DEFECT DEFECT:
Self-titled: 12” EP
Finally available on vinyl, this is one killer 12”. Defect Defect is one of the best bands in the U.S. playing mid-(to fast)-tempo, straight-forward hardcore punk. It definitely has its flourishes and intricacies, but its most valuable asset is its bass-heavy, to-the-point aggression. No clutter, no distractions, just rock solid songs. It’s been a long time since the Words EP came out, but this record has made it worth the wait. –Daryl Gussin (Residue)


DEFECT DEFECT:
Self-titled: 12" EP
Remember when it seemed like these guys used to play your town at least three times a year? Those were great times. Now after an (understandable) hiatus, they’re apparently back, with more of the straight-forward punk that channels the aggression of Black Flag as well as the slight goofiness (i.e., not taking themselves way too seriously) of the Descendents. There also seems to be a little more of a classic ‘80s hardcore influence (and a little more Wipers-esque weirdness in spots) this time around as well for this fantastic mini-album. It’s bands/records like this that I love to write about. Welcome back. –joe (Residue)


DEFECT DEFECT:
Self-titled: Cassette
I’ve already expressed my love of Defect Defect, hesitating to call them “one of the best ‘80s hardcore revisionists going today,” only because they’re not afraid of putting their own weird spin on it. For some reason, it doesn’t surprise me that a French label would put out a limited cassette singles/vinyl collection. It’s not new stuff so I don’t know what else to say about it—other than it’s a neat little release—especially if you’ve missed out on some of their other records. –joe (Crapoulet, crapoulet.fr)


DEFECT DEFECT:
My Life Is like Death: 7”
Three punk rock heat blasts from a band that I thought was no more. Defect Defect play spit-in-your-eye punk rock with no pretense. I keep spinning this back to back to back and I can’t get enough. There is so much loathing, both inward and out. There is a lot to be pissed about in the world, and Defect Defect definitely taps into it. I sure hope they haven’t called it a day. I would love to see them play again.  –Ty Stranglehold (Dirt Cult)


DEFECT DEFECT:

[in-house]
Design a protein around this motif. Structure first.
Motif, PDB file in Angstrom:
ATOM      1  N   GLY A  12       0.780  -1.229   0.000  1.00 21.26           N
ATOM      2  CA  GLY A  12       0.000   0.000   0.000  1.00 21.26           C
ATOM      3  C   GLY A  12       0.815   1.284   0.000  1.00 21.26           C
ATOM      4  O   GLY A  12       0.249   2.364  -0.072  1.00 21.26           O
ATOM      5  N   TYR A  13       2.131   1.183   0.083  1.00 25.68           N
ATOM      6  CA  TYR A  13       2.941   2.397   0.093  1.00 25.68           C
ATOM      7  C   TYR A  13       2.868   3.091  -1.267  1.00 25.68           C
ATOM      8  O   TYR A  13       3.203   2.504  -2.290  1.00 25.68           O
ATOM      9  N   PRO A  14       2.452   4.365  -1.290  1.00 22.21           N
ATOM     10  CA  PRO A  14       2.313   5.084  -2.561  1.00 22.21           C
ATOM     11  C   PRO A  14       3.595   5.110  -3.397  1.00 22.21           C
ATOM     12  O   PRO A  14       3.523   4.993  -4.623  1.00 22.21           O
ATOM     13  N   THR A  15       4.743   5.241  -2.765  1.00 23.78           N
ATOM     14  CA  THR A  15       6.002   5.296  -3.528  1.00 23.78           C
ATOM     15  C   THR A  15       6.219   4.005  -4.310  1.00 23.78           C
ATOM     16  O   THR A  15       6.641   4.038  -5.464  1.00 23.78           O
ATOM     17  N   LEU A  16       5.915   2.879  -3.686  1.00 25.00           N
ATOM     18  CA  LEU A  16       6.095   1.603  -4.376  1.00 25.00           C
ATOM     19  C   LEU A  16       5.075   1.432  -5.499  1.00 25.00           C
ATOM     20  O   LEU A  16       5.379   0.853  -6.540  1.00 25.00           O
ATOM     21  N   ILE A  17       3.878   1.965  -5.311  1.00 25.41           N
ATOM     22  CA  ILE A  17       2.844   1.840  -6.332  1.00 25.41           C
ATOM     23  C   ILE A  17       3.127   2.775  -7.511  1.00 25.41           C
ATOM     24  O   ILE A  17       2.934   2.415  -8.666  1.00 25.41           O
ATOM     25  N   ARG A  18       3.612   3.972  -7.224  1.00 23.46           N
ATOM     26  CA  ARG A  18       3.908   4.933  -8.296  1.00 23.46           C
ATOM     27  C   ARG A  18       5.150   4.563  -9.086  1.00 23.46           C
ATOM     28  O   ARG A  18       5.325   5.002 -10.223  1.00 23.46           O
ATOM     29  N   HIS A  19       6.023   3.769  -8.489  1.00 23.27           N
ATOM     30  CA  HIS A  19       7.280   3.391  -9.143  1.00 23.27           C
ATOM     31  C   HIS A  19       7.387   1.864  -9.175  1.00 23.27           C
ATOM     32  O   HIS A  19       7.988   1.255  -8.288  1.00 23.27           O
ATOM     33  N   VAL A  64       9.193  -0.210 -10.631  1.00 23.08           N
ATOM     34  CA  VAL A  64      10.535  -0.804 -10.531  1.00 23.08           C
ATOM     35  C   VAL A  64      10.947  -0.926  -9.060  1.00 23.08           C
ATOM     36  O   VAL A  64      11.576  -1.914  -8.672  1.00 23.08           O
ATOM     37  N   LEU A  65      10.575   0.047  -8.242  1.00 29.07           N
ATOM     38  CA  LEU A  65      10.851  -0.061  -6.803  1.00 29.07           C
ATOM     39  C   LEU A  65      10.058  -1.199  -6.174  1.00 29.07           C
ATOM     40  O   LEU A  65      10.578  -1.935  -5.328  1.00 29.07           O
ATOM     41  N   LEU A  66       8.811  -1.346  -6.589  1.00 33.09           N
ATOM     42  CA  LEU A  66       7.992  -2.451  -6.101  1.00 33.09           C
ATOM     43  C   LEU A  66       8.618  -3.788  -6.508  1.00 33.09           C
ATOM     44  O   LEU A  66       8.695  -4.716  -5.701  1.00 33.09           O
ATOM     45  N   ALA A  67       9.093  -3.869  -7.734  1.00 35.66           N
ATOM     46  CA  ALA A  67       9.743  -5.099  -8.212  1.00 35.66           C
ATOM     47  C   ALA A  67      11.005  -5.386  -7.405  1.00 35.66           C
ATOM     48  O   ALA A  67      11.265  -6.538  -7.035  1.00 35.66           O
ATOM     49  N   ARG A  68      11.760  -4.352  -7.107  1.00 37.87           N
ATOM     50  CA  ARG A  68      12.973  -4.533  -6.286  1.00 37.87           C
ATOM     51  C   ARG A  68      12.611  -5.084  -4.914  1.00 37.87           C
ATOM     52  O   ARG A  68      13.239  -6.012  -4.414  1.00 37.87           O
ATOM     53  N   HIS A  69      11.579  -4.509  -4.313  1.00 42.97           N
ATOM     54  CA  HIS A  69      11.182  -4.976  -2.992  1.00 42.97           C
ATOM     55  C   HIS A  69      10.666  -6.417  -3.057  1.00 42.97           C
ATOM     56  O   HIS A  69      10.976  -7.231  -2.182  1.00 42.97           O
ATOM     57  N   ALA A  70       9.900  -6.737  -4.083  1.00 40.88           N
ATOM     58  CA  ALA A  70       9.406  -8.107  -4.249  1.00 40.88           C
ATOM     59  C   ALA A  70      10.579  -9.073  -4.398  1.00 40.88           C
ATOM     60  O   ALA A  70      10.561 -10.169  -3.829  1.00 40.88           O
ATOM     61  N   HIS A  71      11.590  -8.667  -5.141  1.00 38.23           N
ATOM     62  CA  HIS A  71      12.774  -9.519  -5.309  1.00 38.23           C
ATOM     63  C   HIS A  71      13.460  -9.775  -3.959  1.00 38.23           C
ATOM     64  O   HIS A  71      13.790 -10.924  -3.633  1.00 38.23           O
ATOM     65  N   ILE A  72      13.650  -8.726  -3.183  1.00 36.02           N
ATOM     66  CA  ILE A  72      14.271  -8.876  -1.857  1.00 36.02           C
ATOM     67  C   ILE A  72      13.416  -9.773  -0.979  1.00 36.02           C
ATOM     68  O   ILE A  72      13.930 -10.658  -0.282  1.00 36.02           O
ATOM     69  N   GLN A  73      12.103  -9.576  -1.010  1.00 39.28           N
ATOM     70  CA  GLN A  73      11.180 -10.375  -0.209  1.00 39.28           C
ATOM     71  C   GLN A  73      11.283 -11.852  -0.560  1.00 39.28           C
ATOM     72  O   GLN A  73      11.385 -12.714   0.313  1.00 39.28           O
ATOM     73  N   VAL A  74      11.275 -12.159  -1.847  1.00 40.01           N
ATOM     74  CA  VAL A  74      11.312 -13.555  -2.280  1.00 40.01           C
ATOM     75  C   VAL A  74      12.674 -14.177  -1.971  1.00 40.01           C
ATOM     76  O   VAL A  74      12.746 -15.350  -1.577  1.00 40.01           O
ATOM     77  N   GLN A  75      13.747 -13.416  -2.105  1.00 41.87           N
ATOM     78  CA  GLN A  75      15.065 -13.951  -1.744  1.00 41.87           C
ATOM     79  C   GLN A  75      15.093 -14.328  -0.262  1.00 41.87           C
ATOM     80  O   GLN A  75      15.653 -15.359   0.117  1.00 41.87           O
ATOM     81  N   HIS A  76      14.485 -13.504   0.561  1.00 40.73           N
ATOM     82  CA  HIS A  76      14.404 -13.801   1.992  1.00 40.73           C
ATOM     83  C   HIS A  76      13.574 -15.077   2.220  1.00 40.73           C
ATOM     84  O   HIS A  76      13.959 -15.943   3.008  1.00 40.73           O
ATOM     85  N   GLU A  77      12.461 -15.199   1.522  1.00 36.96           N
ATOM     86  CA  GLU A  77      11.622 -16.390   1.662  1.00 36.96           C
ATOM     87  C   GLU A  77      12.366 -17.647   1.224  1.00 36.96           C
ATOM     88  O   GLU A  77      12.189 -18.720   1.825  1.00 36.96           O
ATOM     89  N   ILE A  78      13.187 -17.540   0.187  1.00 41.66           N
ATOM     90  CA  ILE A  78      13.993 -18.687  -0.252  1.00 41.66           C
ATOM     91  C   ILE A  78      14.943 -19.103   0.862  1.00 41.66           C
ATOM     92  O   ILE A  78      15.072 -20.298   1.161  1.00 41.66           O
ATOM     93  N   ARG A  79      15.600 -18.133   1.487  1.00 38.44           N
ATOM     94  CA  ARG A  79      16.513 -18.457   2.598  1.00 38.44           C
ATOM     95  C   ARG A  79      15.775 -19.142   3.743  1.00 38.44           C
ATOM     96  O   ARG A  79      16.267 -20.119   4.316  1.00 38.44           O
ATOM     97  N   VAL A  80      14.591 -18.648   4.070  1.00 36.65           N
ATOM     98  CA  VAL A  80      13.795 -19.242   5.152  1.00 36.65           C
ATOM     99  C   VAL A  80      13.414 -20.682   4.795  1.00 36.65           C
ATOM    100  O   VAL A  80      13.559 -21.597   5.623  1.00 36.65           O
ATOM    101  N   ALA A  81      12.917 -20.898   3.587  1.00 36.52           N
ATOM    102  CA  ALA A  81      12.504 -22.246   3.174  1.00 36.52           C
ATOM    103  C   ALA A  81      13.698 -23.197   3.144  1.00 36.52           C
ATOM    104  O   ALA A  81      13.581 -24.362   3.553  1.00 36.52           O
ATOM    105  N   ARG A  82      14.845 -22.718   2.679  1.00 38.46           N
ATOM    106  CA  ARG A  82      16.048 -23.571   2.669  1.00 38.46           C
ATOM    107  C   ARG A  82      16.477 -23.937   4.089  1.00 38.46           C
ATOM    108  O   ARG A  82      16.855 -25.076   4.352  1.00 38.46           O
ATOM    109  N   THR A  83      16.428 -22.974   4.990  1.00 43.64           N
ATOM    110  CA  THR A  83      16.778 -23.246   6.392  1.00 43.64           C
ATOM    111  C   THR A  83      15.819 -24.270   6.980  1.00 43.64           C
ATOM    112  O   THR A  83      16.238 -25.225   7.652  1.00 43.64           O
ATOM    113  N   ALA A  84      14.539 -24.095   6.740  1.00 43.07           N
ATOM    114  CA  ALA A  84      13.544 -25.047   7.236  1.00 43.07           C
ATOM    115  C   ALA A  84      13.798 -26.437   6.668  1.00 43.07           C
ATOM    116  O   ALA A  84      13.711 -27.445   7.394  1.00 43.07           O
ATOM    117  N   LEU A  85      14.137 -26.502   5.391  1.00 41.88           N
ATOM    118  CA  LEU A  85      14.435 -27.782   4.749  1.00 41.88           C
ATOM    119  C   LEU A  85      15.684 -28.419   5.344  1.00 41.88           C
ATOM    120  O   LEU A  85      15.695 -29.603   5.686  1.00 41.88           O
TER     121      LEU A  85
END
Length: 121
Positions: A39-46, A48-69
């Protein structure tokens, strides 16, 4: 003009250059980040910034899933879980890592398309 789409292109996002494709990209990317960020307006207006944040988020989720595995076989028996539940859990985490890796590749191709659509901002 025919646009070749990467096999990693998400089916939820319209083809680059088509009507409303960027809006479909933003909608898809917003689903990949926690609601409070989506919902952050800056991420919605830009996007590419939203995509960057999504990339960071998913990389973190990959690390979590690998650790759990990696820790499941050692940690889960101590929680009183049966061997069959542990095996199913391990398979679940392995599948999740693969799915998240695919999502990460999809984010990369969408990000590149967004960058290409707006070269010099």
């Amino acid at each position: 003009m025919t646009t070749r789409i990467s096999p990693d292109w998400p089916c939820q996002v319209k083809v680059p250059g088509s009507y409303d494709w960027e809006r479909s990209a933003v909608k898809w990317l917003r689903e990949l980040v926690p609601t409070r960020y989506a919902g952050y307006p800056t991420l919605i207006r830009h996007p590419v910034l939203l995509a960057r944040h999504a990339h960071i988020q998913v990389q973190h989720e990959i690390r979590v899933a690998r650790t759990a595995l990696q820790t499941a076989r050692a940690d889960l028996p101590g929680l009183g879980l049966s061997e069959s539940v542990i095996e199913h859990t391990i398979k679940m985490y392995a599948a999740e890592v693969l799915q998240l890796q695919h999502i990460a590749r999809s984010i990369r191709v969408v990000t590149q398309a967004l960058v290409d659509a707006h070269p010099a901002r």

Deefography: CS
Deefography is a kind of discography for Portland-based punk quartet Defect Defect put out by Japanese label Snuffy Smiles. I’m pretty sure this band disbanded, it’s hard to tell for sure though. Their cassette is ambiguous and they have little to no internet presence, with the exception of a few record nerd blogs, German label Taken By Surprise’s Bandcamp, and a Facebook event from 2013 that promised a good time and a BBQ. Some serious off the grid shit. If you like Black Flag and a big chunk downstrokey pop punk from the ‘90s and ‘00s, you’ll probably love this cassette. Its really bass heavy, which I love since some of the bass chords and runs made some predictable tracks way more exciting. Though it goes through the motions like lots of punk does, this cassette is upbeat and melodic, with a taste of dark guitar work in that I-listened-to-Darker-My-Love-for-a-year-straight kind of way. If that’s your thing, find it if you can.  –Candace Hansen (Snuffy Smiles)


DEFECT DEFECT / DAYLIGHT ROBBERY / FOREIGN OBJECTS:
3-way split: 1-sided LP
It’s a three-band show that’d totally rule. Three contemporary punk bands on three different channels, but all on the same wavelength, if that makes any sense. Defect Defect: Colin couldn’t be clearer. He’s calling out all punks who got “too old” and have “given in.” I can almost see his crooked glasses slipping off his face as he sings this. Black Flag? Absolutely. Damaged, not TheProcess of Weeding Out. Lines drawn. Tough love. Napalmed babies. I’m down. Daylight Robbery: Sounds like their records come with a spool of police tape that raps around your stereo as it plays. It cordons off a crime scene, sets the place in noir-ish blacks and whites, expands to ten times its original volume, and carefully inspects and detects. Think X, Los Angeles, not Hey Zeus! Foreign Objects: I blame professional wrestling. When I did a podcast with Bill Pinkel and he played the Foreign Objects, I was like, “Oh, there was an L.A. band called that.” No, no there wasn’t. It was Legal Weapon. The professional wrestling opposite of a Foreign Object. Although the guitar plays “Just Another Damn Song” by Bad Brains, this is totally Legal Weapon-y, Death of Innocence, not Squeeze Me like an Anaconda. Summation: Oh, hell yeah, I hear echoes of bands before. But it’s the best echoes, not the questionable ones (that loved the Grateful Dead and hair metal). Run that correct shit up a pole. Great stuff. –todd (Dirt Cult)


DEFECTORS, THE: